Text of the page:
The agency served political objectives for presidents and their administrations as well. Labour leaders Victor and Walter Reuther sent a paper to Attorney General Robert F. Kennedy during the Kennedy administration outlining how to use administrative agencies like the IRS, FBI, and Federal Communications Commission to combat “the growing strength of the radical right.”

This prompted the development of the Ideological Organizations Project, which went after right-wing organizations and questioned their eligibility for tax-exempt status.

The concept of weaponizing the IRS was thus already entrenched by the time President Richard Nixon assumed office. He came up with the idea of using the agency to hunt down his personal adversaries, which is consistent with the Comey and McCabe audits.

White House Counsel John Dean stated during investigations into administration malfeasance that the IRS had been given Nixon’s extensive list of adversaries with the recommendation that the agency looks into their tax returns.

Johnnie Mac Walters, Nixon’s IRS commissioner, declined. However, the agency did refuse tax-exempt status to several liberal organizations; in one of the legal proceedings, the judge determined that the organization had been “singled out for discriminatory treatment for political, ideological and other unlawful grounds.”

We must be aware of the Ideological Organizations Project and Nixon’s enemies list because intent matters in situations like these. Even when made without explicit political intent, IRS judgments can have political repercussions.

The IRS started seeking to have private schools that used racial discrimination lose their tax-exempt status in the 1970s.

This had an impact on religious institutions like Bob Jones University, which claimed that such discrimination was consistent with their worldview. It also served as a significant catalyst for the development of a more vocal religious right.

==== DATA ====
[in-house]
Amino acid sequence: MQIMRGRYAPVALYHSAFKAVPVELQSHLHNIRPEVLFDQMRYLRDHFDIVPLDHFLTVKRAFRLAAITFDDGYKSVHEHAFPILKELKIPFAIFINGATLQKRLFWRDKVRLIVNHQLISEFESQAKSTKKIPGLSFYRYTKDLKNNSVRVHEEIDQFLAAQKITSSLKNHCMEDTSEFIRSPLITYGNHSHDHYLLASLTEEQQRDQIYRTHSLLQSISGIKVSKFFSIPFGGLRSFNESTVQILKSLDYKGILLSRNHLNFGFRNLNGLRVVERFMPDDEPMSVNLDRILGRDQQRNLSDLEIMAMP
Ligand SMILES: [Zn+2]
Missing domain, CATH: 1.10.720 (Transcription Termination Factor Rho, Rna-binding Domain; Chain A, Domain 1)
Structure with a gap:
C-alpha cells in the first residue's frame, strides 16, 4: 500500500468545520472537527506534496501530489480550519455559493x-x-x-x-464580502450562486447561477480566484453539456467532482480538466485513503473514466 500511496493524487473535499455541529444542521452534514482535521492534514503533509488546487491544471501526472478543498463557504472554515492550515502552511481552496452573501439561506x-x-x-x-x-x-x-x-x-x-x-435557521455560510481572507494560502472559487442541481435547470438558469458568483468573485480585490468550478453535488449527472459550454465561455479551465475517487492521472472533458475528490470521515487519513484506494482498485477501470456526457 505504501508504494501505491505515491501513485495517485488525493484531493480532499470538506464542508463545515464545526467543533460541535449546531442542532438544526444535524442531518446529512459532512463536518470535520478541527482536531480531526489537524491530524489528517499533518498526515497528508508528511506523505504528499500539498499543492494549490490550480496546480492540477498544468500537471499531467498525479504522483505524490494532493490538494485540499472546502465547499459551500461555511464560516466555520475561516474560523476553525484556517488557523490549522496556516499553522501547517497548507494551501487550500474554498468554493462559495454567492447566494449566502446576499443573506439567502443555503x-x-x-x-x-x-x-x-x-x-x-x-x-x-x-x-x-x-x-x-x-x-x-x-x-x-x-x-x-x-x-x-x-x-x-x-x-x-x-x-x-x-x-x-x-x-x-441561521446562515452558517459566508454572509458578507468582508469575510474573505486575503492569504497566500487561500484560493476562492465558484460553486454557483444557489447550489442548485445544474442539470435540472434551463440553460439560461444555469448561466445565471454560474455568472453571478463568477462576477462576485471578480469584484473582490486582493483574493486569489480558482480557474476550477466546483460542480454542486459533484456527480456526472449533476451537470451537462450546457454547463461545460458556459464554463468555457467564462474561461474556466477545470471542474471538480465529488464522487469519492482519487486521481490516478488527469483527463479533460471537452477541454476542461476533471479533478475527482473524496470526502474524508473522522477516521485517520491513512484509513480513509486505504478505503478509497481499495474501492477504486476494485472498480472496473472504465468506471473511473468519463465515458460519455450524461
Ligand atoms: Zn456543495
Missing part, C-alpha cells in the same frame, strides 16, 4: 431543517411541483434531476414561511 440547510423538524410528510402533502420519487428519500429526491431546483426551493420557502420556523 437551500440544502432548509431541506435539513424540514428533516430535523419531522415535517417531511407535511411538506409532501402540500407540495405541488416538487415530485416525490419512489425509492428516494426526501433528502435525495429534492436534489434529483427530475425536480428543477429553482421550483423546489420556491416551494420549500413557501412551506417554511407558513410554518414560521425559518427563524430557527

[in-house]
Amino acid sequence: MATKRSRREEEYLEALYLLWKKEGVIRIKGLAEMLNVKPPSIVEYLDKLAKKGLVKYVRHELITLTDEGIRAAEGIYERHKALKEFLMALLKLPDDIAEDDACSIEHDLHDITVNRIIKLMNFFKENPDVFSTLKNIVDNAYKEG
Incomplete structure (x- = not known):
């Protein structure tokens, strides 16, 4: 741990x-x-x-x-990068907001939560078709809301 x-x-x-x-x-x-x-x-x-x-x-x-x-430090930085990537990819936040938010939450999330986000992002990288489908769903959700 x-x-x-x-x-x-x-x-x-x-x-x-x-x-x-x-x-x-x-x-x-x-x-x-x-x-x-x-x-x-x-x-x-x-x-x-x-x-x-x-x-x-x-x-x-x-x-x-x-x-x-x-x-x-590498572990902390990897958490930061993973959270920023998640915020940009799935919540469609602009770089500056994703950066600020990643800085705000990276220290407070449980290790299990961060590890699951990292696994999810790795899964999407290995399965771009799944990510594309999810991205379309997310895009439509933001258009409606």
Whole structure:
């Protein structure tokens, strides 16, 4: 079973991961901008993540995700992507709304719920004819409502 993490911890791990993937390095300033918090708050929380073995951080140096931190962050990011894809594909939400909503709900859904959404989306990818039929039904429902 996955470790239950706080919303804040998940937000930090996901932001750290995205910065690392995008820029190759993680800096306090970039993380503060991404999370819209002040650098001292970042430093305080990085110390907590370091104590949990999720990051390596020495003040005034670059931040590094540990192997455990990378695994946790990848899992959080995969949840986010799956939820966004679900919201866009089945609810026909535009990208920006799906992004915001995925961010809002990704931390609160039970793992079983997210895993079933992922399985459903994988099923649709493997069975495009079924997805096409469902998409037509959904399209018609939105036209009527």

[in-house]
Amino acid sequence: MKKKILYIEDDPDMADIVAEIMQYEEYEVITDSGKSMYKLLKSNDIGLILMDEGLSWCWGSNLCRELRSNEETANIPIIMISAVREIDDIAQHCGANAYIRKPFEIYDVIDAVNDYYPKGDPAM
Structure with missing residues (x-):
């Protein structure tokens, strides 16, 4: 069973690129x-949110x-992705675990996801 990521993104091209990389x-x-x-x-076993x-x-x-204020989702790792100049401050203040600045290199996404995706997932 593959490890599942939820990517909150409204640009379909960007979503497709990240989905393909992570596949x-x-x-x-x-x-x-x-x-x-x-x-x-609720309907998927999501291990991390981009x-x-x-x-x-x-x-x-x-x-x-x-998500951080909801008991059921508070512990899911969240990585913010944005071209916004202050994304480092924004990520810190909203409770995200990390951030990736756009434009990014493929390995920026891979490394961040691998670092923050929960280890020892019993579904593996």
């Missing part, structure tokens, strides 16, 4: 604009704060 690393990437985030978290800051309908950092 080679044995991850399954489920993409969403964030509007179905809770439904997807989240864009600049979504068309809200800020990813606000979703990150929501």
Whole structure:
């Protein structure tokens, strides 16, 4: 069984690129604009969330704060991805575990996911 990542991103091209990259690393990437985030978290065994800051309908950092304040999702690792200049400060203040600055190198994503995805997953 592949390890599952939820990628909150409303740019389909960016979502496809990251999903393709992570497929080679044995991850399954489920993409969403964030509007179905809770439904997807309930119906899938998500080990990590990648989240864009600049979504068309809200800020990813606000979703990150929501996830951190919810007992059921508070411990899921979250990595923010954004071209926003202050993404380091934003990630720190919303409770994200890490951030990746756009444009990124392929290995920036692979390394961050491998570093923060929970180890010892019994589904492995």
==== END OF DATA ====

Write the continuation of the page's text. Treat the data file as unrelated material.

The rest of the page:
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Similarly, an IRS procedure change in the 2000s and 2010s increased scrutiny of tax-exempt requests for entities with political names, which for years was misconstrued as part of an Obama administration campaign to target conservative organizations (and President Barack Obama did acknowledge findings of individual singling out of conservative groups as “intolerable” and “inexcusable” failures of oversight and demanded greater accountability as a result).

After hearing of the Comey and McCabe audits, the head of the IRS requested that an inspector general looks into the choice to audit the FBI directors.

That investigation will start the crucial task of determining if the audits had a political motivation.

However, while this process is ongoing, the administration should work to fortify the barriers that currently exist between the White House and federal agencies, with assistance from Congress.

At the same time, it should be made clear that these institutions are essential to the functioning of the nation and that the administration’s larger objective of defending our democratic system depends on their increased transparency, functionality, and morality.